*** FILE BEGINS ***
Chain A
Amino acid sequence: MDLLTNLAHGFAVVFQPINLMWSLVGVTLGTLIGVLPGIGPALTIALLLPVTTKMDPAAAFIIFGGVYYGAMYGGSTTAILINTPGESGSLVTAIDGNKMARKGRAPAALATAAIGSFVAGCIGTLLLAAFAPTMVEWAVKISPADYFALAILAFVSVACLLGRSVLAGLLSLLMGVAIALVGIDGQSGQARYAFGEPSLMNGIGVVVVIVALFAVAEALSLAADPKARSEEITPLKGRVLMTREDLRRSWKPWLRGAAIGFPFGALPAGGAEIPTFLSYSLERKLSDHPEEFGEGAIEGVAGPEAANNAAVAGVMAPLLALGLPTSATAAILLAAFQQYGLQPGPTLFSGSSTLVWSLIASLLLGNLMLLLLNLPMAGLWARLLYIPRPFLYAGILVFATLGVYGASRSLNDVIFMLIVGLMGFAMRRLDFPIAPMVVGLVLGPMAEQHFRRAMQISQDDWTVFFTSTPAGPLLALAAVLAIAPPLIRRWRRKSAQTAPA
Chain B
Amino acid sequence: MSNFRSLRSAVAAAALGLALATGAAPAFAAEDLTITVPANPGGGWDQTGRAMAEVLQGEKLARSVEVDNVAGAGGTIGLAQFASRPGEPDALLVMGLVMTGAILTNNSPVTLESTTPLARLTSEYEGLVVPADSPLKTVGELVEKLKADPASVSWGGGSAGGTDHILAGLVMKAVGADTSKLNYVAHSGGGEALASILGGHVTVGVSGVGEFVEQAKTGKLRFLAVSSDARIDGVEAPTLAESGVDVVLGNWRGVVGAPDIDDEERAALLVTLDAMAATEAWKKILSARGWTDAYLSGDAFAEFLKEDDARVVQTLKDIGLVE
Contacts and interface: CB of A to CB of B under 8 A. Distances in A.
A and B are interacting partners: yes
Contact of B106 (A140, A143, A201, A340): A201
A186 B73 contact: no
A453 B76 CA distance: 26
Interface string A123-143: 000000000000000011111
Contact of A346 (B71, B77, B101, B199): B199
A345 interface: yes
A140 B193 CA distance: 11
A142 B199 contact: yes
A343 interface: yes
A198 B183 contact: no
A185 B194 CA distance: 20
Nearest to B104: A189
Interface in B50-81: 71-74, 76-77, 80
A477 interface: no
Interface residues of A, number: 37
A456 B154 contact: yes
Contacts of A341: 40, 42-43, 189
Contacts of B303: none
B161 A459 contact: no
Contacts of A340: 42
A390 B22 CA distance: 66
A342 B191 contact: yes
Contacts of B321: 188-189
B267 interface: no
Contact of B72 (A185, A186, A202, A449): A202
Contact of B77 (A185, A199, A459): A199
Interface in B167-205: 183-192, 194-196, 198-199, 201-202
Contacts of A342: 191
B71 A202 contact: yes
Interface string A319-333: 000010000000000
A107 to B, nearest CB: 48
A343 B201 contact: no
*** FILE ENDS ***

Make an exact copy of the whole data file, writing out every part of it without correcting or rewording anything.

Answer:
Chain A
Amino acid sequence: MDLLTNLAHGFAVVFQPINLMWSLVGVTLGTLIGVLPGIGPALTIALLLPVTTKMDPAAAFIIFGGVYYGAMYGGSTTAILINTPGESGSLVTAIDGNKMARKGRAPAALATAAIGSFVAGCIGTLLLAAFAPTMVEWAVKISPADYFALAILAFVSVACLLGRSVLAGLLSLLMGVAIALVGIDGQSGQARYAFGEPSLMNGIGVVVVIVALFAVAEALSLAADPKARSEEITPLKGRVLMTREDLRRSWKPWLRGAAIGFPFGALPAGGAEIPTFLSYSLERKLSDHPEEFGEGAIEGVAGPEAANNAAVAGVMAPLLALGLPTSATAAILLAAFQQYGLQPGPTLFSGSSTLVWSLIASLLLGNLMLLLLNLPMAGLWARLLYIPRPFLYAGILVFATLGVYGASRSLNDVIFMLIVGLMGFAMRRLDFPIAPMVVGLVLGPMAEQHFRRAMQISQDDWTVFFTSTPAGPLLALAAVLAIAPPLIRRWRRKSAQTAPA
Chain B
Amino acid sequence: MSNFRSLRSAVAAAALGLALATGAAPAFAAEDLTITVPANPGGGWDQTGRAMAEVLQGEKLARSVEVDNVAGAGGTIGLAQFASRPGEPDALLVMGLVMTGAILTNNSPVTLESTTPLARLTSEYEGLVVPADSPLKTVGELVEKLKADPASVSWGGGSAGGTDHILAGLVMKAVGADTSKLNYVAHSGGGEALASILGGHVTVGVSGVGEFVEQAKTGKLRFLAVSSDARIDGVEAPTLAESGVDVVLGNWRGVVGAPDIDDEERAALLVTLDAMAATEAWKKILSARGWTDAYLSGDAFAEFLKEDDARVVQTLKDIGLVE
Contacts and interface: CB of A to CB of B under 8 A. Distances in A.
A and B are interacting partners: yes
Contact of B106 (A140, A143, A201, A340): A201
A186 B73 contact: no
A453 B76 CA distance: 26
Interface string A123-143: 000000000000000011111
Contact of A346 (B71, B77, B101, B199): B199
A345 interface: yes
A140 B193 CA distance: 11
A142 B199 contact: yes
A343 interface: yes
A198 B183 contact: no
A185 B194 CA distance: 20
Nearest to B104: A189
Interface in B50-81: 71-74, 76-77, 80
A477 interface: no
Interface residues of A, number: 37
A456 B154 contact: yes
Contacts of A341: 40, 42-43, 189
Contacts of B303: none
B161 A459 contact: no
Contacts of A340: 42
A390 B22 CA distance: 66
A342 B191 contact: yes
Contacts of B321: 188-189
B267 interface: no
Contact of B72 (A185, A186, A202, A449): A202
Contact of B77 (A185, A199, A459): A199
Interface in B167-205: 183-192, 194-196, 198-199, 201-202
Contacts of A342: 191
B71 A202 contact: yes
Interface string A319-333: 000010000000000
A107 to B, nearest CB: 48
A343 B201 contact: no